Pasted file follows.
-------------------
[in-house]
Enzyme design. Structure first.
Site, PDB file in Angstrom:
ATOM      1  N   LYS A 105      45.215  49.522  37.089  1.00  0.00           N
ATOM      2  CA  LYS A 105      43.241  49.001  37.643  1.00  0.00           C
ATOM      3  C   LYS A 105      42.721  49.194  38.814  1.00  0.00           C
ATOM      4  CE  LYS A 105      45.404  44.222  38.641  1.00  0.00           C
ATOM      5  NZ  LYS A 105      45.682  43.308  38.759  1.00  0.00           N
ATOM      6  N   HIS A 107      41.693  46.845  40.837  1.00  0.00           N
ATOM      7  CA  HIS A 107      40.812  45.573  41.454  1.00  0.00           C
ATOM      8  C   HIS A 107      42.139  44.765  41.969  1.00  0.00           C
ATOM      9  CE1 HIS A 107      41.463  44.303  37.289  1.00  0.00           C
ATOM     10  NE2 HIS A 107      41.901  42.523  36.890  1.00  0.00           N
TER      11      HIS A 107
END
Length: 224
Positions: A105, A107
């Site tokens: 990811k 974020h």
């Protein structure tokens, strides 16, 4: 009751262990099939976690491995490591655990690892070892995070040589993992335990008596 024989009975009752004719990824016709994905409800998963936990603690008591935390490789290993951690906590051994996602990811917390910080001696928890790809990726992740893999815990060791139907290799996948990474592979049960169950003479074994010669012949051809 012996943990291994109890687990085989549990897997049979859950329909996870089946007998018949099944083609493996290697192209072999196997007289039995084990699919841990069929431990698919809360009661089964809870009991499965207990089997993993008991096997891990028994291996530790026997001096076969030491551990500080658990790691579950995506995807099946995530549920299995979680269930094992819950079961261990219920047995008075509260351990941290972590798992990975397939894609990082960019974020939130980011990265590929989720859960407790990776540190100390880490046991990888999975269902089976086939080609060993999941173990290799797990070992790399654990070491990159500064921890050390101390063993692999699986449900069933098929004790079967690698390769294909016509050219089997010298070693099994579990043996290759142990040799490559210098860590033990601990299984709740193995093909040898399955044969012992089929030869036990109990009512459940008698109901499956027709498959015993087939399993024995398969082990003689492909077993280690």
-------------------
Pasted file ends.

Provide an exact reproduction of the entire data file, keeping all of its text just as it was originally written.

[in-house]
Enzyme design. Structure first.
Site, PDB file in Angstrom:
ATOM      1  N   LYS A 105      45.215  49.522  37.089  1.00  0.00           N
ATOM      2  CA  LYS A 105      43.241  49.001  37.643  1.00  0.00           C
ATOM      3  C   LYS A 105      42.721  49.194  38.814  1.00  0.00           C
ATOM      4  CE  LYS A 105      45.404  44.222  38.641  1.00  0.00           C
ATOM      5  NZ  LYS A 105      45.682  43.308  38.759  1.00  0.00           N
ATOM      6  N   HIS A 107      41.693  46.845  40.837  1.00  0.00           N
ATOM      7  CA  HIS A 107      40.812  45.573  41.454  1.00  0.00           C
ATOM      8  C   HIS A 107      42.139  44.765  41.969  1.00  0.00           C
ATOM      9  CE1 HIS A 107      41.463  44.303  37.289  1.00  0.00           C
ATOM     10  NE2 HIS A 107      41.901  42.523  36.890  1.00  0.00           N
TER      11      HIS A 107
END
Length: 224
Positions: A105, A107
């Site tokens: 990811k 974020h």
């Protein structure tokens, strides 16, 4: 009751262990099939976690491995490591655990690892070892995070040589993992335990008596 024989009975009752004719990824016709994905409800998963936990603690008591935390490789290993951690906590051994996602990811917390910080001696928890790809990726992740893999815990060791139907290799996948990474592979049960169950003479074994010669012949051809 012996943990291994109890687990085989549990897997049979859950329909996870089946007998018949099944083609493996290697192209072999196997007289039995084990699919841990069929431990698919809360009661089964809870009991499965207990089997993993008991096997891990028994291996530790026997001096076969030491551990500080658990790691579950995506995807099946995530549920299995979680269930094992819950079961261990219920047995008075509260351990941290972590798992990975397939894609990082960019974020939130980011990265590929989720859960407790990776540190100390880490046991990888999975269902089976086939080609060993999941173990290799797990070992790399654990070491990159500064921890050390101390063993692999699986449900069933098929004790079967690698390769294909016509050219089997010298070693099994579990043996290759142990040799490559210098860590033990601990299984709740193995093909040898399955044969012992089929030869036990109990009512459940008698109901499956027709498959015993087939399993024995398969082990003689492909077993280690």